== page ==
The digital natives are growing up and the social web needs to grow up with them and provide serious places which are accountable and transparent where we can look to carry out actual decision making.  Someone needs to take responsibility for making sure that the social web builds those civic spaces.

There were some really interesting thoughts today – and I have grabbed some from the twitter feed to keep (below) and I don’t want to be Cassandra like on this (though I will be).  But when the Town Manager of Exeter spoke of the process that they go through to plan the civic realm – I have to ask – who is planning the virtual civic realm?  Are we really going to turn it into a brand experience?

  1. Dave Briggs

    February 27, 2010 at 3:17 pm

    Catherine – it was great to meet you at last, and I echo everything you have written here.

    Anyone who tries to put all the lessons organisations have to learn from the internet into a box marked comms, or PR, or marketing, is missing the point so badly I feel sorry for them.

  2. Chris Brogan...

    February 27, 2010 at 3:19 pm

    Meeting you was a pleasure.

    The hippie movement started with all love and ended with commercial co-option. All movements do, it seems.

    That said, “real” hippies keep going and never mind the bullocks.

  3. Phil Green

    February 27, 2010 at 3:41 pm

    Hi Catherine, thanks for this. Echo the echo.

  4. Tom Phillips

    February 27, 2010 at 9:32 pm

    Many of THE questions are here. I liked this hugely. Killer comments at the end.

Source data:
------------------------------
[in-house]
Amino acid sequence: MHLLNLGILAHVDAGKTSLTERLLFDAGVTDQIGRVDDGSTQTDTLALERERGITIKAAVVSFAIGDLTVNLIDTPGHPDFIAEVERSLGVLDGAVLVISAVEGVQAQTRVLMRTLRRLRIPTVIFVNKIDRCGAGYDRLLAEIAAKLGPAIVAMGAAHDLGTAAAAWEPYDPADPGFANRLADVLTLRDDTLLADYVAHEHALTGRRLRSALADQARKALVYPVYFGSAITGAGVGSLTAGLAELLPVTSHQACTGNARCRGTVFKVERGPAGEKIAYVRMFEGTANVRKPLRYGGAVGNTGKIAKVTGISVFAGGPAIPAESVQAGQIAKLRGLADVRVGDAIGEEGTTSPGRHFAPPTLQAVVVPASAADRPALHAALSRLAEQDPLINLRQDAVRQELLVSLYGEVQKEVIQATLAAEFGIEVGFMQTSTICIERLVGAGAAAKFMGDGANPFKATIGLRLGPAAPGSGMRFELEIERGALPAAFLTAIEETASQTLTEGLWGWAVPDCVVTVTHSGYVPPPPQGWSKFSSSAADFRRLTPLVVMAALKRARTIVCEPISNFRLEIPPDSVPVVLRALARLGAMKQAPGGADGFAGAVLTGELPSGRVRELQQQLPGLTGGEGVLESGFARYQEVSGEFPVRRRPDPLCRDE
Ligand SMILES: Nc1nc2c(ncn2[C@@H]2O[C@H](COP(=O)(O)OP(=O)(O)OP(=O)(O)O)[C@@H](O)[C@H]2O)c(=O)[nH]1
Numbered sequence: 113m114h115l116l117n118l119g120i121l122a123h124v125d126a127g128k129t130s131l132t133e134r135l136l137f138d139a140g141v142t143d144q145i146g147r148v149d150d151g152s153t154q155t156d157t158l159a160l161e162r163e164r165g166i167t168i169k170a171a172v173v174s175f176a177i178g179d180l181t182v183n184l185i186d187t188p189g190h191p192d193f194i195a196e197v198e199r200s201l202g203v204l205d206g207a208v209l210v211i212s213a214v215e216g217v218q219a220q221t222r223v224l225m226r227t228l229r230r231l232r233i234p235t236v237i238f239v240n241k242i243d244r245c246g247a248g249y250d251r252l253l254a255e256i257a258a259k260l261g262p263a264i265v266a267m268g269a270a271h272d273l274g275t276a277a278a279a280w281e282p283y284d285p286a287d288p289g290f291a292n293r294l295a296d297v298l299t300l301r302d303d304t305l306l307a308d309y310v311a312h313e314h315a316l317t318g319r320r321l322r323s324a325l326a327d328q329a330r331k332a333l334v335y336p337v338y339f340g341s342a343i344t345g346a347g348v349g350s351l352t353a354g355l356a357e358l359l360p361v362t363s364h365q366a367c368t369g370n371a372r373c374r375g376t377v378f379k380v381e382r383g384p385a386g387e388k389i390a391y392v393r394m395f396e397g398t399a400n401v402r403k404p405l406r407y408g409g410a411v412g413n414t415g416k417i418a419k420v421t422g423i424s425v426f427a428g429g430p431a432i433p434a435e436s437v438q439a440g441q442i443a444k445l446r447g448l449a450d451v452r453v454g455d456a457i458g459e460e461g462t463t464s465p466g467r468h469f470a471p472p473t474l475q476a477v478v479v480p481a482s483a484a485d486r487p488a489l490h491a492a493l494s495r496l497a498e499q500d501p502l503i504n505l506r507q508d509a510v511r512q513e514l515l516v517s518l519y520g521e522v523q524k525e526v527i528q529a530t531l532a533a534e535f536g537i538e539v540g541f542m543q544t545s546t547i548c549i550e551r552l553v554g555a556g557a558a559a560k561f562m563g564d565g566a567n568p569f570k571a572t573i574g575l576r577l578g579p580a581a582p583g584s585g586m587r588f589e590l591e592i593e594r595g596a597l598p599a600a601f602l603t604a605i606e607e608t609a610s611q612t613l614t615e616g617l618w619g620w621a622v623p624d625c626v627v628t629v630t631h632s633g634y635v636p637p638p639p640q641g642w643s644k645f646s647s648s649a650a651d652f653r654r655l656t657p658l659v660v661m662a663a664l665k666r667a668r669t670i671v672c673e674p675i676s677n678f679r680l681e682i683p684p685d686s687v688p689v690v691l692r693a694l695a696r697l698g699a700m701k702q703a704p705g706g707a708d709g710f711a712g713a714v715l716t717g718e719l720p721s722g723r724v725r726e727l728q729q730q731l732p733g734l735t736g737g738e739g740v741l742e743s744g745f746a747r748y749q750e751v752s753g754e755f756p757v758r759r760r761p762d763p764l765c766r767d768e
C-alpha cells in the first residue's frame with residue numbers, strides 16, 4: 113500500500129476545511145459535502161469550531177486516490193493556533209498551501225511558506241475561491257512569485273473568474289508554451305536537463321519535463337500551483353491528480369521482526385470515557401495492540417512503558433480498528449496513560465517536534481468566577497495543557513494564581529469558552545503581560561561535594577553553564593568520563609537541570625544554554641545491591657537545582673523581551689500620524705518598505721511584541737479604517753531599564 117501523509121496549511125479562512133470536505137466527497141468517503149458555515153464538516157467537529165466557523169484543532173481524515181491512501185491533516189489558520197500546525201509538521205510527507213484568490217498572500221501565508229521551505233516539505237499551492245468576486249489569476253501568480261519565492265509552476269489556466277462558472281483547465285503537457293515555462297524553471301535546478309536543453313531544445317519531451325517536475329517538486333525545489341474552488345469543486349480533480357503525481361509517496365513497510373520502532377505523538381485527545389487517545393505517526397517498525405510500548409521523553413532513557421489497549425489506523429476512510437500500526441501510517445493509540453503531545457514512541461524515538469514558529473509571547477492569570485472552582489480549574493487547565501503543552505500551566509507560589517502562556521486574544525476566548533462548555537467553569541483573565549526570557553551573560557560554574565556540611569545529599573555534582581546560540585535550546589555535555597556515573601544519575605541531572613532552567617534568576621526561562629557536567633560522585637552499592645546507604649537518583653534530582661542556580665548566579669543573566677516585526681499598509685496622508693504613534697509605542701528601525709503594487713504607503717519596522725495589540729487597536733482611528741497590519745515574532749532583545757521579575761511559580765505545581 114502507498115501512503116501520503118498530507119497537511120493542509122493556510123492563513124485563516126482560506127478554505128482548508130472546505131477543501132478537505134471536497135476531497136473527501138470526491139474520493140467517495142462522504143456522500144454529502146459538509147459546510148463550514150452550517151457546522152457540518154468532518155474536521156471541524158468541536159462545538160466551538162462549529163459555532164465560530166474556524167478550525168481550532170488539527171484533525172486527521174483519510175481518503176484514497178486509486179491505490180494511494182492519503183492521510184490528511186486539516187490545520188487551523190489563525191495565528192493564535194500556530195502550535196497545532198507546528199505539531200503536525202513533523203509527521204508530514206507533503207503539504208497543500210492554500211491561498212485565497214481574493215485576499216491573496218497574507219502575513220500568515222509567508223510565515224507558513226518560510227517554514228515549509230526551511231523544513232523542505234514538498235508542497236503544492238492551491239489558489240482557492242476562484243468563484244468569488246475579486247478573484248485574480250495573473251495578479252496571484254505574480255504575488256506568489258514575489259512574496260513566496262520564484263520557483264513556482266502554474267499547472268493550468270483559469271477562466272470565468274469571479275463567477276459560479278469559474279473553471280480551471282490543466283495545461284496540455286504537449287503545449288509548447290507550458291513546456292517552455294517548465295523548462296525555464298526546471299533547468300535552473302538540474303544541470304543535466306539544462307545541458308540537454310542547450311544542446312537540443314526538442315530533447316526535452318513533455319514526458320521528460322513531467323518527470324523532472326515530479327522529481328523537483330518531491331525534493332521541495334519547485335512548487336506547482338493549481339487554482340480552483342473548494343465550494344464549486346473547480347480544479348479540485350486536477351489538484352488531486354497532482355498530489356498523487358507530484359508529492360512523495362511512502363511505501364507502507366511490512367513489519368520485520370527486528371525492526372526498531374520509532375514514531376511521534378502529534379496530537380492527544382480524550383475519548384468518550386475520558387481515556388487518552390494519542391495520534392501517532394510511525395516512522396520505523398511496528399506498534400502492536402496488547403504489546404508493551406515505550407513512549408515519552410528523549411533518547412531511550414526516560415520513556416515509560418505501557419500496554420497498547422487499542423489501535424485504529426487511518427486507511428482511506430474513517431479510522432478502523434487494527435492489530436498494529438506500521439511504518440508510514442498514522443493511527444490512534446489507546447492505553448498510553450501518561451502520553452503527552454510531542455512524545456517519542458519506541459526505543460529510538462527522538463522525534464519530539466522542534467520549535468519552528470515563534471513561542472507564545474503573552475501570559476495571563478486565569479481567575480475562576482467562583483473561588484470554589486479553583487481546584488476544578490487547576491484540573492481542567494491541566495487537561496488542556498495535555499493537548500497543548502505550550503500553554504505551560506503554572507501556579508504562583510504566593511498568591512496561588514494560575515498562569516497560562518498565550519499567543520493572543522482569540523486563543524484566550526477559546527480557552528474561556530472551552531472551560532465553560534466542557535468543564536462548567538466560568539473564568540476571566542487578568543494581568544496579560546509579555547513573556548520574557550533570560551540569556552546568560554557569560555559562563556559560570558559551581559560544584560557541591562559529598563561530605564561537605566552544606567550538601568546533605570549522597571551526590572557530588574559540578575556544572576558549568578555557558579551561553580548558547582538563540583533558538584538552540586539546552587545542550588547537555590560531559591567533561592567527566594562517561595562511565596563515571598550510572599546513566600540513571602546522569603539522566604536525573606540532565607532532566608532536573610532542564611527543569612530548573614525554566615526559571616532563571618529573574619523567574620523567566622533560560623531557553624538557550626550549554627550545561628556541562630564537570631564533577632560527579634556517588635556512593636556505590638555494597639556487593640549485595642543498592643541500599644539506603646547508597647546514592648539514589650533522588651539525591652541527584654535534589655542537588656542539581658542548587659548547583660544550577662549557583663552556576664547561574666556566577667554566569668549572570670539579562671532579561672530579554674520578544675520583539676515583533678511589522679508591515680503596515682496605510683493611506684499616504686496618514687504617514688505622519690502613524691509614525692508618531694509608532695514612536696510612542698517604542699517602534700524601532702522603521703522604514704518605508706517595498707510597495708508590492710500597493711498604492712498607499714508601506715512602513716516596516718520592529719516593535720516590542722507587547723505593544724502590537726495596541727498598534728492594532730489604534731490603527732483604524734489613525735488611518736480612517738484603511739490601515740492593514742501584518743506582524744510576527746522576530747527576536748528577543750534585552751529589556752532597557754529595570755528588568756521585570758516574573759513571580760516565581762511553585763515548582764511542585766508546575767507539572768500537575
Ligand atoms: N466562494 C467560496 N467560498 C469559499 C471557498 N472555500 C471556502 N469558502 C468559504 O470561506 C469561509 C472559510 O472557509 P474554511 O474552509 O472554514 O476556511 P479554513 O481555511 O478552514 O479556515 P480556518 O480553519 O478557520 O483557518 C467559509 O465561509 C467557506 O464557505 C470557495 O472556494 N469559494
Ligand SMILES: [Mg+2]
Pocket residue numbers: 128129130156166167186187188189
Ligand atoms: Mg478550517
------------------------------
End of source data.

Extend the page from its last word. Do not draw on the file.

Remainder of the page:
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  7. Carl Haggerty

    March 2, 2010 at 4:48 pm

    Catherine, Great post and a “nail on the head” moment.

    My issue was that as a local government worker, i felt that i actually didn’t “learn” anything new. I would say that our understanding in the public sector around the potential of social media is higher than in business. The problem is we have a time lag in getting things done and enacting change.

    I loved the event and the speakers, it was great to meet up with people in my home town so for a people to people connection in worked for me on that level. But for increasing my knowledge and pushing my thinking further forward, i’m afraid it didn’t hit that mark.


  8. curiouscatherine

    March 7, 2010 at 7:10 pm

    Just wanted to say thanks to you all for the comments on this post – am glad it struck a nerve as it certainly did with me…

    Next up of course is actually making it happen – or avoiding it – depending on your point of view – am glad you are all on the case!!